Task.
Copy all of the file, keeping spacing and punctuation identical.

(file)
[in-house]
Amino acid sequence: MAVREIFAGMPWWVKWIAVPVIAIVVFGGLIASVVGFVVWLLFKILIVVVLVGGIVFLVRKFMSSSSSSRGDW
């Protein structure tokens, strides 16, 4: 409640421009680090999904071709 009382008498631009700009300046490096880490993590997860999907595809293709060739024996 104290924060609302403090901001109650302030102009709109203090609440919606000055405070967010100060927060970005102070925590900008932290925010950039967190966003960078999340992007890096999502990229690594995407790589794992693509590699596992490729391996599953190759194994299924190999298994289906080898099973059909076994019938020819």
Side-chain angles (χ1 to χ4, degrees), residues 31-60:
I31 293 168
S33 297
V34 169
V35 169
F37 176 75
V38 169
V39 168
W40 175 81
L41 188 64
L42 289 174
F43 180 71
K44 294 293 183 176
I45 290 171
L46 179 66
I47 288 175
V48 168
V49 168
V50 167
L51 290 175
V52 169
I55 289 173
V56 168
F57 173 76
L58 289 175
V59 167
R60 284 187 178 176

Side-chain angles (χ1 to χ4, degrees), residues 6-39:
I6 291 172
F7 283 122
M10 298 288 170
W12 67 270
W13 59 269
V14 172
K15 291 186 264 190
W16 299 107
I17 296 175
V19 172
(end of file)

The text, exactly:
[in-house]
Amino acid sequence: MAVREIFAGMPWWVKWIAVPVIAIVVFGGLIASVVGFVVWLLFKILIVVVLVGGIVFLVRKFMSSSSSSRGDW
């Protein structure tokens, strides 16, 4: 409640421009680090999904071709 009382008498631009700009300046490096880490993590997860999907595809293709060739024996 104290924060609302403090901001109650302030102009709109203090609440919606000055405070967010100060927060970005102070925590900008932290925010950039967190966003960078999340992007890096999502990229690594995407790589794992693509590699596992490729391996599953190759194994299924190999298994289906080898099973059909076994019938020819």
Side-chain angles (χ1 to χ4, degrees), residues 31-60:
I31 293 168
S33 297
V34 169
V35 169
F37 176 75
V38 169
V39 168
W40 175 81
L41 188 64
L42 289 174
F43 180 71
K44 294 293 183 176
I45 290 171
L46 179 66
I47 288 175
V48 168
V49 168
V50 167
L51 290 175
V52 169
I55 289 173
V56 168
F57 173 76
L58 289 175
V59 167
R60 284 187 178 176

Side-chain angles (χ1 to χ4, degrees), residues 6-39:
I6 291 172
F7 283 122
M10 298 288 170
W12 67 270
W13 59 269
V14 172
K15 291 186 264 190
W16 299 107
I17 296 175
V19 172